An openEHR Approach to Detailed Clinical Model Development: Tobacco Smoking Summary Archetype as a Case Study
24 August 2018
31 January 2019
27 March 2019 (online)
Background Data modeling for electronic health records (EHRs) is complex, requiring technological and cognitive sophistication. The openEHR approach leverages the tacit knowledge of domain experts made explicit in a model development process aiming at interoperability and data reuse.
Objective The purpose of our research was to explore the process that enabled the aggregation of the tacit knowledge of domain experts in an explicit form using the Clinical Knowledge Manager (CKM) platform and associated assets. The Tobacco Smoking Summary archetype is used to illustrate this.
Methods Three methods were used to triangulate findings: (1) observation of CKM discussions by crowdsourced domain experts in two reviews, (2) observation of editor discussions and decision-making, and (3) interviews with eight domain experts. CKM discussions were analyzed for content and editor discussions for decision-making, and interviews were thematically analyzed to explore in depth the explication of tacit knowledge.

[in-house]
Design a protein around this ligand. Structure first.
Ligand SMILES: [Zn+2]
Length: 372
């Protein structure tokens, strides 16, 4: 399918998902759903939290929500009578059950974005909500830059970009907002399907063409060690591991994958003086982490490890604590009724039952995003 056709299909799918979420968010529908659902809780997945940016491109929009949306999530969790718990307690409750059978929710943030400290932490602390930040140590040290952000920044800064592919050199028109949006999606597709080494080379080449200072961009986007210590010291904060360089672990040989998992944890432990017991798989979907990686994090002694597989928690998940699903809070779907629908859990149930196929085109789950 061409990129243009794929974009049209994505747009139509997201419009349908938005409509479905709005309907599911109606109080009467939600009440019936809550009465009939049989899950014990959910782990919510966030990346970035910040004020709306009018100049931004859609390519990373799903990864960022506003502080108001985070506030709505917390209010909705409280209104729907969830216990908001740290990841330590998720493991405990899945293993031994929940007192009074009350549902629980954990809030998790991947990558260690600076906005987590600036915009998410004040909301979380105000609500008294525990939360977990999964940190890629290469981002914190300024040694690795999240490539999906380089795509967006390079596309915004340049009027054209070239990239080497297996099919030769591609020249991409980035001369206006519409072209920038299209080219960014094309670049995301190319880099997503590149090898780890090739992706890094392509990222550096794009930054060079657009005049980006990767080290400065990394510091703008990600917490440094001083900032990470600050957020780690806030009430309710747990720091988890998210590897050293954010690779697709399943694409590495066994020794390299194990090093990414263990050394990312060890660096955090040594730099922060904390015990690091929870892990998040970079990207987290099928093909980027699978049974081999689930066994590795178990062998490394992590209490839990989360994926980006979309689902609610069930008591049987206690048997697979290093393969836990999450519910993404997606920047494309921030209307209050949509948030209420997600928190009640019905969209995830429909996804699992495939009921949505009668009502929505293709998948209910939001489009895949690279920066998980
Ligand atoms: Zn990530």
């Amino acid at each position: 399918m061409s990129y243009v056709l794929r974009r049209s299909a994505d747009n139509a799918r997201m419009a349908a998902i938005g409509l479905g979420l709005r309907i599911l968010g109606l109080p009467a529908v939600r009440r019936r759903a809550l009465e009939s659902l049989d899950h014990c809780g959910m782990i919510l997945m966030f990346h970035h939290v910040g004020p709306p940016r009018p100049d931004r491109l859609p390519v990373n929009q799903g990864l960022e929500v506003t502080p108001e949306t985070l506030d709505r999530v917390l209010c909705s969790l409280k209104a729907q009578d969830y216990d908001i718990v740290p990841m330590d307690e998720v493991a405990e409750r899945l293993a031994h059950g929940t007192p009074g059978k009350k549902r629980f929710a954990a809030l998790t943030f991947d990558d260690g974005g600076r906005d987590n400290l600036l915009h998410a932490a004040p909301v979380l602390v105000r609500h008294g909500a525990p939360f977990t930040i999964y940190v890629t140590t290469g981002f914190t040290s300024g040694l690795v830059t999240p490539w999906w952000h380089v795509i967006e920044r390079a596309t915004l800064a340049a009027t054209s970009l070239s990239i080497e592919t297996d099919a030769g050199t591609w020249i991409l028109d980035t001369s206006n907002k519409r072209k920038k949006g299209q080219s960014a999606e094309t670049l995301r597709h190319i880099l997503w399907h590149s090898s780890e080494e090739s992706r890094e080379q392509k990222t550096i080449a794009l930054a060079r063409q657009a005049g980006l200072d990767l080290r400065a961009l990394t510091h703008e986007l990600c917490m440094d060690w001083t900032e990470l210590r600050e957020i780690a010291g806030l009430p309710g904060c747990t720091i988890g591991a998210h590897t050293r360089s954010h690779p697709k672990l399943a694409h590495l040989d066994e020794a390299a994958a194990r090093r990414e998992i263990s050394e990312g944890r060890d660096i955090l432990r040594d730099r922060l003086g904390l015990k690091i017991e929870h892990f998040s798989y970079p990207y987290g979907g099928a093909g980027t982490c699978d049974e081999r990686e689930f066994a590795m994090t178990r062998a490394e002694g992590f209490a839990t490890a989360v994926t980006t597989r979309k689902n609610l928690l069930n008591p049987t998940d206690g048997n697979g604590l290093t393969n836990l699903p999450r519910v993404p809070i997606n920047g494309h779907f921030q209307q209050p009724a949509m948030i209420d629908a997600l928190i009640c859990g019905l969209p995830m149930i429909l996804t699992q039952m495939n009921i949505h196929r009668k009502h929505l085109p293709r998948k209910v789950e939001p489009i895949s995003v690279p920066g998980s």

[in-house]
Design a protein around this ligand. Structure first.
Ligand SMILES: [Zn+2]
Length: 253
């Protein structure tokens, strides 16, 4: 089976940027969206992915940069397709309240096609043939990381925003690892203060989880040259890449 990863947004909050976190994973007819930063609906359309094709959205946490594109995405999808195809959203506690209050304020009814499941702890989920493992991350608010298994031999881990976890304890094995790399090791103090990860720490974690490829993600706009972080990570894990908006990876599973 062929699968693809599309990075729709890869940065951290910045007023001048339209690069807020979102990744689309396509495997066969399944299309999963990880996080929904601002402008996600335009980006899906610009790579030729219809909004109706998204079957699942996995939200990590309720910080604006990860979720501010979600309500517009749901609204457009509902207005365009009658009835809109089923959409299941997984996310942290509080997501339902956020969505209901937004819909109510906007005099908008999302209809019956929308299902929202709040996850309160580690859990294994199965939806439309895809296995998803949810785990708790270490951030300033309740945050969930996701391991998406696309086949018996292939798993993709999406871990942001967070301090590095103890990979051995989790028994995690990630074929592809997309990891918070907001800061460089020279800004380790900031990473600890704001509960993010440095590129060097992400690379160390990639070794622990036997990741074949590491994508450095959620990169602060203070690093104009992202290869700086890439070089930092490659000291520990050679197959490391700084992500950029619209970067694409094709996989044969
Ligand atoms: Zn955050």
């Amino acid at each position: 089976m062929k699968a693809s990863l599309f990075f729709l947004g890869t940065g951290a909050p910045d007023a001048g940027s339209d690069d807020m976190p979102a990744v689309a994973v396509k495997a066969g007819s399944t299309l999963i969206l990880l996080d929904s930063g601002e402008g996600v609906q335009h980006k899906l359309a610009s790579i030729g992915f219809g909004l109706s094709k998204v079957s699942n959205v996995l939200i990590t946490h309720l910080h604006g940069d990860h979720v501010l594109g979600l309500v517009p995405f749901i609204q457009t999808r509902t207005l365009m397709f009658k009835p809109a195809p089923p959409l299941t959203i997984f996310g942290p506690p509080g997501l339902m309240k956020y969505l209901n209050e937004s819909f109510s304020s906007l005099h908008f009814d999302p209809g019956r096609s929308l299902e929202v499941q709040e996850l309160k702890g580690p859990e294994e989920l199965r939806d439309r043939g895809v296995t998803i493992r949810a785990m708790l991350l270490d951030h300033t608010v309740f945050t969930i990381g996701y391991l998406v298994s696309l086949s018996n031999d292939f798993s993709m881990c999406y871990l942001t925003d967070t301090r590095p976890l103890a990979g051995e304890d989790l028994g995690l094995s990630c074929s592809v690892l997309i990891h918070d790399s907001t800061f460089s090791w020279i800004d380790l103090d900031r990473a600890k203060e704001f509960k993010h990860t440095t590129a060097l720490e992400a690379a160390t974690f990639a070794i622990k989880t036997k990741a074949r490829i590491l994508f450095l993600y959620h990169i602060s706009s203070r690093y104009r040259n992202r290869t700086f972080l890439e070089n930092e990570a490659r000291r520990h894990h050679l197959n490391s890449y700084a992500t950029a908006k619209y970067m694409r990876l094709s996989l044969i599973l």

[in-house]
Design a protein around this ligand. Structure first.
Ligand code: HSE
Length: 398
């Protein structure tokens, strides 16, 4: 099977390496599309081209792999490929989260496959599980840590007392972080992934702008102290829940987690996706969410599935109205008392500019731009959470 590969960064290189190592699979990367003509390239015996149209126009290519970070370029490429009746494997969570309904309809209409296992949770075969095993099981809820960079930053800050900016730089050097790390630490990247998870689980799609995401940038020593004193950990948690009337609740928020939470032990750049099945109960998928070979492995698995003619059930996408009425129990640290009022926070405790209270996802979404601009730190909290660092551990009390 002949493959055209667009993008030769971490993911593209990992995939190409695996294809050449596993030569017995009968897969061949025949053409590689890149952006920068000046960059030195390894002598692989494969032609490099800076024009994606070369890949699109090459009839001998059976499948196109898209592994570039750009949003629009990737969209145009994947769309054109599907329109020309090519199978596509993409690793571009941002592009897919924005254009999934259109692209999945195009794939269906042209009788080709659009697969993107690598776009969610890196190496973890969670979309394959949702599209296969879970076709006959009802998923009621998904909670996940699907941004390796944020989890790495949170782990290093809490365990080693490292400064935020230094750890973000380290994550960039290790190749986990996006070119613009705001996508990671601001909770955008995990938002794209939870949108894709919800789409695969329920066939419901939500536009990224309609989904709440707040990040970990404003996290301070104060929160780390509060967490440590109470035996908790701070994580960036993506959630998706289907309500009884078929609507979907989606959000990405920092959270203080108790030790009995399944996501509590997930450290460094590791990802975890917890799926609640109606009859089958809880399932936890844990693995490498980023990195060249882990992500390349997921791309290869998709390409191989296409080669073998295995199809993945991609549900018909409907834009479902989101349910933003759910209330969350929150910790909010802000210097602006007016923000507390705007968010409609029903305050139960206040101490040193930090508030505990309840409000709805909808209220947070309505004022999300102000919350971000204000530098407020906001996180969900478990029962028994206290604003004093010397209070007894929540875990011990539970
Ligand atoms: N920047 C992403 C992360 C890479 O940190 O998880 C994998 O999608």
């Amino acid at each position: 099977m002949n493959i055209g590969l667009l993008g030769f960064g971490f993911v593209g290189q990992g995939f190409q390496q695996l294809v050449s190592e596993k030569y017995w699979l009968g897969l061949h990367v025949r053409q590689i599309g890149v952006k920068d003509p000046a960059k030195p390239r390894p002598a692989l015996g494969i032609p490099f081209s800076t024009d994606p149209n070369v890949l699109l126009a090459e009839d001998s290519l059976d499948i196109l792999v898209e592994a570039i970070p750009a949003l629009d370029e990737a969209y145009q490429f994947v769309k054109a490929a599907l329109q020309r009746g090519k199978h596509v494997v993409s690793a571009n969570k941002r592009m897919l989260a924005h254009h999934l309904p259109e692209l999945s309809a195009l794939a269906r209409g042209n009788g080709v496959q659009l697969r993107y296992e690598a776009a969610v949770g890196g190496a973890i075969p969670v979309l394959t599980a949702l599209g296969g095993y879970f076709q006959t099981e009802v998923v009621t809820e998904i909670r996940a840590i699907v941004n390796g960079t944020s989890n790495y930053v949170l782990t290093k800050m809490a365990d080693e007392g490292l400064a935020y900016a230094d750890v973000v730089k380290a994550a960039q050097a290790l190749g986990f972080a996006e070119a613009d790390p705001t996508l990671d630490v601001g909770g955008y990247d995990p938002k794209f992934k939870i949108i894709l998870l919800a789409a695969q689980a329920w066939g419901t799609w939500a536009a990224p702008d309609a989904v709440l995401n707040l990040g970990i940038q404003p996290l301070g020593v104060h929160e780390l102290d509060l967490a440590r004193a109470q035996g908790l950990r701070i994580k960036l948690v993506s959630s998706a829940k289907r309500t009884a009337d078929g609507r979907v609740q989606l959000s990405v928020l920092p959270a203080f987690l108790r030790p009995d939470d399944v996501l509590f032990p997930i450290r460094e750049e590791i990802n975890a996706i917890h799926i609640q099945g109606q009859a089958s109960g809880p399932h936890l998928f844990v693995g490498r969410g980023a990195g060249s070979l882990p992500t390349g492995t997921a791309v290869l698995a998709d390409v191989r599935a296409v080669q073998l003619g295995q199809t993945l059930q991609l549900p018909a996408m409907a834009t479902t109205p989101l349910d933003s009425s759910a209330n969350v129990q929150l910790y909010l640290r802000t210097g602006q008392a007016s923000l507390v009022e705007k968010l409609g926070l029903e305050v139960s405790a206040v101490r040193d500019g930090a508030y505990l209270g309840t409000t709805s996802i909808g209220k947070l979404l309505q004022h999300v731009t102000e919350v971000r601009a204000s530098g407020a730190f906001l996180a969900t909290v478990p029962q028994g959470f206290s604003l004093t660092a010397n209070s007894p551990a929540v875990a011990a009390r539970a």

Results The Detailed Clinical Model (DCM) process consists of a set of reviews by domain experts, with each review followed by editorial discussions and decision-making until an agreement is reached among reviewers and editors that the DCM is publishable. Interviews revealed three themes: (1) data interoperability and reusability, (2) accurate capture of patient data, and (3) challenges of sharing tacit knowledge.
Discussion The openEHR approach to developing an open standard revealed a complex set of conditions for a successful interoperable archetype, such as leadership, maximal dataset, crowdsourced domain expertise and tacit knowledge made explicit, editorial vision, and model-driven software. Aggregated tacit knowledge that is explicated into a DCM enables the ability to collect accurate data and plan for the future.
Conclusion The process based on the CKM platform enables domain experts and stakeholders to be heard and to contribute to mutually designed standards that align local protocols and agendas to international interoperability requirements.
Keywordselectronic health records - knowledge management - data creation - data modeling - archetypes
Protection of Human and Animal Subjects
This study has satisfied the ethical considerations of research required by the University of Auckland Human Participation Ethics Committee and was approved on August 19, 2016, for 3 years (reference number: 017360).
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